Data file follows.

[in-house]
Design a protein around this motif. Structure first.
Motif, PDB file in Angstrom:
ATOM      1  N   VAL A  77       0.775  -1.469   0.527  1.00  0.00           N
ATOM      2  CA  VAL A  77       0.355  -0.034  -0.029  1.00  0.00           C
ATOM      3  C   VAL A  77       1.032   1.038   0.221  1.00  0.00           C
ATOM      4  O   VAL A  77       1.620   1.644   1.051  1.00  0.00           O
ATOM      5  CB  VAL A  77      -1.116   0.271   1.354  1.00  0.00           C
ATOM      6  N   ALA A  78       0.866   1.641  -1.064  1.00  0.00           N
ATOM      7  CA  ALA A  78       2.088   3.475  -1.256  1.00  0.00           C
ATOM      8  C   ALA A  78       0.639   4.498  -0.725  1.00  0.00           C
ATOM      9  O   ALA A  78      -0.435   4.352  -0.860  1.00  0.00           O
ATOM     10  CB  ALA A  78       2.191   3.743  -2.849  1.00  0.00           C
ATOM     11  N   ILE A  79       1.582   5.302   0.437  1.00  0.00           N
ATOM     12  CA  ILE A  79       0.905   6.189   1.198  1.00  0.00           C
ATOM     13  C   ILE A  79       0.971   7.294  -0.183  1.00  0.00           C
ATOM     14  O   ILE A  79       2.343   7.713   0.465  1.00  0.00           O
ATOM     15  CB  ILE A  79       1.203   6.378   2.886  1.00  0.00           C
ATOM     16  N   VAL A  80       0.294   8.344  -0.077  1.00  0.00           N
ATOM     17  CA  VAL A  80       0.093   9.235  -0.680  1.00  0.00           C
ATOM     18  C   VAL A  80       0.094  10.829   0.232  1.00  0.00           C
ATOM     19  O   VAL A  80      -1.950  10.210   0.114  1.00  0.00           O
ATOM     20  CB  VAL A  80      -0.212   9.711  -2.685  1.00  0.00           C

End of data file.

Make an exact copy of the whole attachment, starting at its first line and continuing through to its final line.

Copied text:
[in-house]
Design a protein around this motif. Structure first.
Motif, PDB file in Angstrom:
ATOM      1  N   VAL A  77       0.775  -1.469   0.527  1.00  0.00           N
ATOM      2  CA  VAL A  77       0.355  -0.034  -0.029  1.00  0.00           C
ATOM      3  C   VAL A  77       1.032   1.038   0.221  1.00  0.00           C
ATOM      4  O   VAL A  77       1.620   1.644   1.051  1.00  0.00           O
ATOM      5  CB  VAL A  77      -1.116   0.271   1.354  1.00  0.00           C
ATOM      6  N   ALA A  78       0.866   1.641  -1.064  1.00  0.00           N
ATOM      7  CA  ALA A  78       2.088   3.475  -1.256  1.00  0.00           C
ATOM      8  C   ALA A  78       0.639   4.498  -0.725  1.00  0.00           C
ATOM      9  O   ALA A  78      -0.435   4.352  -0.860  1.00  0.00           O
ATOM     10  CB  ALA A  78       2.191   3.743  -2.849  1.00  0.00           C
ATOM     11  N   ILE A  79       1.582   5.302   0.437  1.00  0.00           N
ATOM     12  CA  ILE A  79       0.905   6.189   1.198  1.00  0.00           C
ATOM     13  C   ILE A  79       0.971   7.294  -0.183  1.00  0.00           C
ATOM     14  O   ILE A  79       2.343   7.713   0.465  1.00  0.00           O
ATOM     15  CB  ILE A  79       1.203   6.378   2.886  1.00  0.00           C
ATOM     16  N   VAL A  80       0.294   8.344  -0.077  1.00  0.00           N
ATOM     17  CA  VAL A  80       0.093   9.235  -0.680  1.00  0.00           C
ATOM     18  C   VAL A  80       0.094  10.829   0.232  1.00  0.00           C
ATOM     19  O   VAL A  80      -1.950  10.210   0.114  1.00  0.00           O
ATOM     20  CB  VAL A  80      -0.212   9.711  -2.685  1.00  0.00           C